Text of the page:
Quadratic formula

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A graph of a parabola-shaped function, which intersects the x-axis at x = 1 and x = 4.
The quadratic function y = 1/2x25/2x + 2, with roots x = 1 and x = 4.

In elementary algebra, the quadratic formula is a formula that provides the solutions to a quadratic equation. Other ways of solving a quadratic equation, such as completing the square, yield the same solutions.

Given a general quadratic equation of the form with representing an unknown, and coefficients and representing known real or complex numbers with the values of satisfying the equation, called the roots or zeros, can be found using the quadratic formula,

where the plus–minus symbol "" indicates that the equation has two roots.[1] Written separately, these are:

The quantity is known as the discriminant of the quadratic equation.[2] If the coefficients and are real numbers then

  • when the equation has two distinct real roots;
  • when the equation has one repeated real root; and
  • when the equation has two distinct complex roots, which are complex conjugates of each other.

Geometrically, the roots represent the values at which the graph of the function a parabola, crosses the -axis.[3] The quadratic formula can also be used to identify the parabola's axis of symmetry.[4]

Equivalent formulations[edit]

The quadratic formula can equivalently be written using various alternative expressions, for instance

which can be derived by first dividing a quadratic equation by resulting in then substituting the new coefficients into the standard quadratic formula. Because this variant allows re-use of the intermediately calculated quantity it can slightly reduce the arithmetic involved.

Square root in the denominator[edit]

A lesser known quadratic formula describes the same roots via an equation with the square root in the denominator (assuming ):[5]

Here the minus–plus symbol "" indicates that the two roots of the quadratic equation, in the same order as the standard quadratic formula, are

When has the opposite sign as either or subtraction can cause catastrophic cancellation, resulting in poor accuracy in numerical calculations; choosing between the version of the quadratic formula with the square root in the numerator or denominator depending on the sign of can avoid this problem. See § Numerical calculation below.

This version of the quadratic formula is used in Muller's method for finding the roots of general functions. It can be derived from the standard formula from the identity one of Vieta's formulas.

Derivations of the formula[edit]

Many different methods to derive the quadratic formula are available in the literature. The standard one is a simple application of the completing the square technique.[6][7][8][9] Alternative methods are sometimes simpler than completing the square, and may offer interesting insight into other areas of mathematics.

By completing the square[edit]

We start by dividing the quadratic equation by the quadratic coefficient , which is allowed because is non-zero, and then we subtract the constant term to isolate it on the right-hand side:

The left-hand side is now ready for the method of completing the square, i.e. adding a constant to a quadratic polynomial of the form to obtain a squared binomial In this example we add to both sides so that the left-hand side can be factored:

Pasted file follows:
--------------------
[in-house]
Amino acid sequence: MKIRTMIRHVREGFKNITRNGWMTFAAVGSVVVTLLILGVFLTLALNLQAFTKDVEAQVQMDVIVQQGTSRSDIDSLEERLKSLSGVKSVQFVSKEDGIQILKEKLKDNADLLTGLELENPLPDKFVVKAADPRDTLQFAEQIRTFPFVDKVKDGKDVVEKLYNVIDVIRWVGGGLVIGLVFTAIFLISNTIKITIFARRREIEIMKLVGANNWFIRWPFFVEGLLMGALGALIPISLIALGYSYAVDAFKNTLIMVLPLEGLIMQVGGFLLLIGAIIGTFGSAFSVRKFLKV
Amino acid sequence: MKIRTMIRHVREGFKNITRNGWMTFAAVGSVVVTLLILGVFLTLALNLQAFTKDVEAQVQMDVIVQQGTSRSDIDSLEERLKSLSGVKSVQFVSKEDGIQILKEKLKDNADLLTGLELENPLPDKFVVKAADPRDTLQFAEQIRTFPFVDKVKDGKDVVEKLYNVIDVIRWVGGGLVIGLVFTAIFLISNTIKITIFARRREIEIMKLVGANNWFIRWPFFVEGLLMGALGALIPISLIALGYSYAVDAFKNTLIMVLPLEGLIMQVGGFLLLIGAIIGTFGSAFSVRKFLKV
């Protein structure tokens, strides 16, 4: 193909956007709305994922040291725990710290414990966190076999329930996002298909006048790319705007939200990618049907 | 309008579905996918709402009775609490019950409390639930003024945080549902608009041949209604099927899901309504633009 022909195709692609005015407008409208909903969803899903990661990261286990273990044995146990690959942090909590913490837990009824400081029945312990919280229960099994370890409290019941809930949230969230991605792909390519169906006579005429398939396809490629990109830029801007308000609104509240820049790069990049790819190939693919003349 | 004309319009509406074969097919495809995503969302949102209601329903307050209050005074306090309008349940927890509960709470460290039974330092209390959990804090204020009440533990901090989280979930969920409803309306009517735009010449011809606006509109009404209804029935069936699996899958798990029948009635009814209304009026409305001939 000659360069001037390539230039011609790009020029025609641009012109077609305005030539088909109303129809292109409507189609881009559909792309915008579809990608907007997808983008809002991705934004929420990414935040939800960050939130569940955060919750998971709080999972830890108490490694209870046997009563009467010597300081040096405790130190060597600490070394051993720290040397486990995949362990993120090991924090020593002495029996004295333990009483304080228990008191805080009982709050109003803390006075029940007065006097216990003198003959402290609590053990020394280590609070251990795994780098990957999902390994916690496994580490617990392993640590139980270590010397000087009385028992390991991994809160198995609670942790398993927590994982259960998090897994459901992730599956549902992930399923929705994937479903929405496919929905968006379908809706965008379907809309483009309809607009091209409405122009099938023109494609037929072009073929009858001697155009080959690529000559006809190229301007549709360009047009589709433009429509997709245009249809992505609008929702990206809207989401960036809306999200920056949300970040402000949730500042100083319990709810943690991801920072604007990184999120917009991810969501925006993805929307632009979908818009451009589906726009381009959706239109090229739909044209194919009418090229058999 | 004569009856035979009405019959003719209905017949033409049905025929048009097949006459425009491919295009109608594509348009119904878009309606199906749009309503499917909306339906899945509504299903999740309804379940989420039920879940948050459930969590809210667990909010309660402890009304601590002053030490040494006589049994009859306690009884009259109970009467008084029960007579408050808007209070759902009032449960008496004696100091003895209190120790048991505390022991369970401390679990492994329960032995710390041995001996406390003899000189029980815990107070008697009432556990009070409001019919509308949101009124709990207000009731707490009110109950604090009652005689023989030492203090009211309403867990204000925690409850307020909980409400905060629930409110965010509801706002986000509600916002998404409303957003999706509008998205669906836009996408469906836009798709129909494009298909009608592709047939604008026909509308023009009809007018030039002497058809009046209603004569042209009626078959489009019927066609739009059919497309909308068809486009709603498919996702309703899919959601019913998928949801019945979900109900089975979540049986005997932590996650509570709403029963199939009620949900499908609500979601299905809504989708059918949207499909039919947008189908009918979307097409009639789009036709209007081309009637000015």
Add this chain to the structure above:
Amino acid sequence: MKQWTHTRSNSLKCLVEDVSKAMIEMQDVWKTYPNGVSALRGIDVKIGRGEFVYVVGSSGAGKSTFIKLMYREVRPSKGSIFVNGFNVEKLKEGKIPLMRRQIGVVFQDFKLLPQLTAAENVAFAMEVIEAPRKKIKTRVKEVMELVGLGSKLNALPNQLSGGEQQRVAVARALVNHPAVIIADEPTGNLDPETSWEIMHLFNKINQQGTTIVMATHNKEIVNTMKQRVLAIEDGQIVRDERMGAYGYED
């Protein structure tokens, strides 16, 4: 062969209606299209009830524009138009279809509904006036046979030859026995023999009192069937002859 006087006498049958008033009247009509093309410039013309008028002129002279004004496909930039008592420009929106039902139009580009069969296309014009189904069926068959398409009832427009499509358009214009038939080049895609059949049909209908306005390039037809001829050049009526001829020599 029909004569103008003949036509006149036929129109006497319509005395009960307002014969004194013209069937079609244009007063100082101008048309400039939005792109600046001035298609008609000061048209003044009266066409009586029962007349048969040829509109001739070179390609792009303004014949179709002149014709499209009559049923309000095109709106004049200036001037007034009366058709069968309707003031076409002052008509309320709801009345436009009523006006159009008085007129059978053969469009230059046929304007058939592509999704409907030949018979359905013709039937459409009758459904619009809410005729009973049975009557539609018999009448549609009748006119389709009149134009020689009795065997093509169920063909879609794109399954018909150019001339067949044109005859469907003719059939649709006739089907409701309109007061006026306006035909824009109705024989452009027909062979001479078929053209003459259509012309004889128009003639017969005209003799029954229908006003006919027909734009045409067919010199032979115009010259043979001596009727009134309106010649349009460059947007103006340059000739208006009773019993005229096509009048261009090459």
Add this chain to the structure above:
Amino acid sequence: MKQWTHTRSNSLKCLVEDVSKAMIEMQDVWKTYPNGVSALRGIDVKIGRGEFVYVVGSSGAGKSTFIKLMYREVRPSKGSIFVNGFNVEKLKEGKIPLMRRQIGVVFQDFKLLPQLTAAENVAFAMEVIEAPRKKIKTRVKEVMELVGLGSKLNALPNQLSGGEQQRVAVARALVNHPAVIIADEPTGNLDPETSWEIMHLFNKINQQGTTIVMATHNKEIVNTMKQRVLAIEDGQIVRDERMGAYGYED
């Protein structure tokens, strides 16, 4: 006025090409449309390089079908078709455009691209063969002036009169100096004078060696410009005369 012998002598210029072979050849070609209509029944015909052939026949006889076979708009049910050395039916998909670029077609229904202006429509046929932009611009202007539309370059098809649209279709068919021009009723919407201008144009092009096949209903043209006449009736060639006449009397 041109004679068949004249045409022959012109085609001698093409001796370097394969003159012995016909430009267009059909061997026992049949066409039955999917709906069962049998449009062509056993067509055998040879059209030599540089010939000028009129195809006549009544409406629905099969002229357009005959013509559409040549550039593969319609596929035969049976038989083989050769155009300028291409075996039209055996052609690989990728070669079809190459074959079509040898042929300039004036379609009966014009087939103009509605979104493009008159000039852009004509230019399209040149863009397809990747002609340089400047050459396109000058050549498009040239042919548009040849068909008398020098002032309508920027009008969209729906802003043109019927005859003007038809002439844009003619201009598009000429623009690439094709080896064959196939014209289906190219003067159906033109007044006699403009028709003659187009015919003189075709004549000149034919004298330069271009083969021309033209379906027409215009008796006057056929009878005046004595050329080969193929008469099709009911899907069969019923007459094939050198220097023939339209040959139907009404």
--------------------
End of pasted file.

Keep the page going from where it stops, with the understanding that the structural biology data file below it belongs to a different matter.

Because the left-hand side is now a perfect square, we can easily take the square root of both sides:

Finally, subtracting from both sides to isolate produces the quadratic formula:

Shorter method[edit]

Instead of dividing by to isolate it can be slightly simpler to multiply by instead to produce which allows us to complete the square without need for fractions. Then the steps of the derivation are:[10]

  1. Multiply each side by
  2. Add to both sides to complete the square.
  3. Take the square root of both sides.
  4. Isolate

Thus, the quadratic formula is derived as follows:

This derivation of the quadratic formula is ancient and was known to the 8th century Indian mathematician Śrīdhara.[11] Compared with the derivation in standard usage, this alternate derivation avoids fractions and squared fractions until the last step and hence does not require a rearrangement after step 3 to obtain a common denominator in the right side.[10]

By substitution[edit]

Another derivation uses a change of variables to put the equation into the form in terms of a new variable and some constant expression whose roots are then

By substituting into expanding the products and combining like terms, and then solving for we have:

Finally, after taking a square root of both sides and substituting the resulting expression for back into the familiar quadratic formula emerges:

By using algebraic identities[edit]

The following method was used by many historical mathematicians:[12]

Let the roots of the quadratic equation be and The derivation starts from an identity for the square of a difference (valid for any two complex numbers), of which we can take the square root on both sides:

Since the coefficient we can divide the quadratic equation by to obtain a monic polynomial with the same roots. Namely,

This implies that the sum and the product Thus the identity can be rewritten:

Therefore,

The two possibilities for each of and are the same two roots in opposite order, so we can combine them into the standard quadratic equation:

By Lagrange resolvents[edit]

An alternative way of deriving the quadratic formula is via the method of Lagrange resolvents,[13] which is an early part of Galois theory.[14] This method can be generalized to give the roots of cubic polynomials and quartic polynomials, and leads to Galois theory, which allows one to understand the solution of algebraic equations of any degree in terms of the symmetry group of their roots, the Galois group.

This approach focuses on the roots themselves rather than algebraically rearranging the original equation. Given a monic quadratic polynomial assume that and are the two roots. So the polynomial factors as